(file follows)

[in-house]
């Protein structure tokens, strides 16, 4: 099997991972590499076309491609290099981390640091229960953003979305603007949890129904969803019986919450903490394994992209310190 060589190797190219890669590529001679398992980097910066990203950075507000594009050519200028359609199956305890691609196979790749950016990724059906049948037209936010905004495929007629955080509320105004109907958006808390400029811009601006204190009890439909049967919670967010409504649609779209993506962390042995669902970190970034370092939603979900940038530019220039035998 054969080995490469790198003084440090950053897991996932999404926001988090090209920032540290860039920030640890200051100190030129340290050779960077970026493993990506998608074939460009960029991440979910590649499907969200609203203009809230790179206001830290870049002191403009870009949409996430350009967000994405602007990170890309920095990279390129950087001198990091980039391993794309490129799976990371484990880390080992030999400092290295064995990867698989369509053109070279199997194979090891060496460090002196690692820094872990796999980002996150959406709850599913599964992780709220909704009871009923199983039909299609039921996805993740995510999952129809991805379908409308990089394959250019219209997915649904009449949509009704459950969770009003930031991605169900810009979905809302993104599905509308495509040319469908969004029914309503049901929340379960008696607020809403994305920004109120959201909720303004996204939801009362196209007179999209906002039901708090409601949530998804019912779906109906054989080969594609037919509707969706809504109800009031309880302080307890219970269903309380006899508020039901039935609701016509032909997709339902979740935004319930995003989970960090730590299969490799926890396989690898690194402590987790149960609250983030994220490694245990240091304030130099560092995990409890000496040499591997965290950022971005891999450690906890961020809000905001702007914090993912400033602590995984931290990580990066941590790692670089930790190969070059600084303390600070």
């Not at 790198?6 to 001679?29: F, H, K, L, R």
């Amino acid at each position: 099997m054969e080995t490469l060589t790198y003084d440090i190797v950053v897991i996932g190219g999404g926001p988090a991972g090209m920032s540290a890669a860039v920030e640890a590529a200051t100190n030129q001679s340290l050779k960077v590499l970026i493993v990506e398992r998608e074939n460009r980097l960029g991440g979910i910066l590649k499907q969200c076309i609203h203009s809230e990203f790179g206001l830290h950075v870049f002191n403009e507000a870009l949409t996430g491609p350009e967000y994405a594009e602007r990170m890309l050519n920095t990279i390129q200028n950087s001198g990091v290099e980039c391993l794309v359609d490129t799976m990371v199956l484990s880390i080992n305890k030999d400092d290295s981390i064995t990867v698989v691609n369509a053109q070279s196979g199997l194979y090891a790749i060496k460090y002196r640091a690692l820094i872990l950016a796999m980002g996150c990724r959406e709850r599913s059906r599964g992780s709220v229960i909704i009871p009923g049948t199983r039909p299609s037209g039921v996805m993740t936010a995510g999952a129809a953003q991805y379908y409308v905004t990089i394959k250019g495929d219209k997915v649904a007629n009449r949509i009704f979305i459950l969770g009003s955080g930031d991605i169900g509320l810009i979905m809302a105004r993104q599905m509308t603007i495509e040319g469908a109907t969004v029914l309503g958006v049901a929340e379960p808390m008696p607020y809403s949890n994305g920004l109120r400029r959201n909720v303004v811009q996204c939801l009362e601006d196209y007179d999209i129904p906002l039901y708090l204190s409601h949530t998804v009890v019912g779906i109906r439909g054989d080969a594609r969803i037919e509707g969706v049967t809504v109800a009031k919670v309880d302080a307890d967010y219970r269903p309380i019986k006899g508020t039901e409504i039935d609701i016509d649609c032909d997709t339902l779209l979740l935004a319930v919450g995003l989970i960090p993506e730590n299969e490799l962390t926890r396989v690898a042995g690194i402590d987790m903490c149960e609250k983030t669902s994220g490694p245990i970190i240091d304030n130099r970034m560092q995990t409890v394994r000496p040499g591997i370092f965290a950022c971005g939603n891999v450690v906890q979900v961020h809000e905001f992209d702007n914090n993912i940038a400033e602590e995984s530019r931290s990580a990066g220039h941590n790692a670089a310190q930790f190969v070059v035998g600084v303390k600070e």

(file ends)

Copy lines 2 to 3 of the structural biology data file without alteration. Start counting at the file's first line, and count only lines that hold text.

């Protein structure tokens, strides 16, 4: 099997991972590499076309491609290099981390640091229960953003979305603007949890129904969803019986919450903490394994992209310190 060589190797190219890669590529001679398992980097910066990203950075507000594009050519200028359609199956305890691609196979790749950016990724059906049948037209936010905004495929007629955080509320105004109907958006808390400029811009601006204190009890439909049967919670967010409504649609779209993506962390042995669902970190970034370092939603979900940038530019220039035998 054969080995490469790198003084440090950053897991996932999404926001988090090209920032540290860039920030640890200051100190030129340290050779960077970026493993990506998608074939460009960029991440979910590649499907969200609203203009809230790179206001830290870049002191403009870009949409996430350009967000994405602007990170890309920095990279390129950087001198990091980039391993794309490129799976990371484990880390080992030999400092290295064995990867698989369509053109070279199997194979090891060496460090002196690692820094872990796999980002996150959406709850599913599964992780709220909704009871009923199983039909299609039921996805993740995510999952129809991805379908409308990089394959250019219209997915649904009449949509009704459950969770009003930031991605169900810009979905809302993104599905509308495509040319469908969004029914309503049901929340379960008696607020809403994305920004109120959201909720303004996204939801009362196209007179999209906002039901708090409601949530998804019912779906109906054989080969594609037919509707969706809504109800009031309880302080307890219970269903309380006899508020039901039935609701016509032909997709339902979740935004319930995003989970960090730590299969490799926890396989690898690194402590987790149960609250983030994220490694245990240091304030130099560092995990409890000496040499591997965290950022971005891999450690906890961020809000905001702007914090993912400033602590995984931290990580990066941590790692670089930790190969070059600084303390600070």
């Not at 790198?6 to 001679?29: F, H, K, L, R």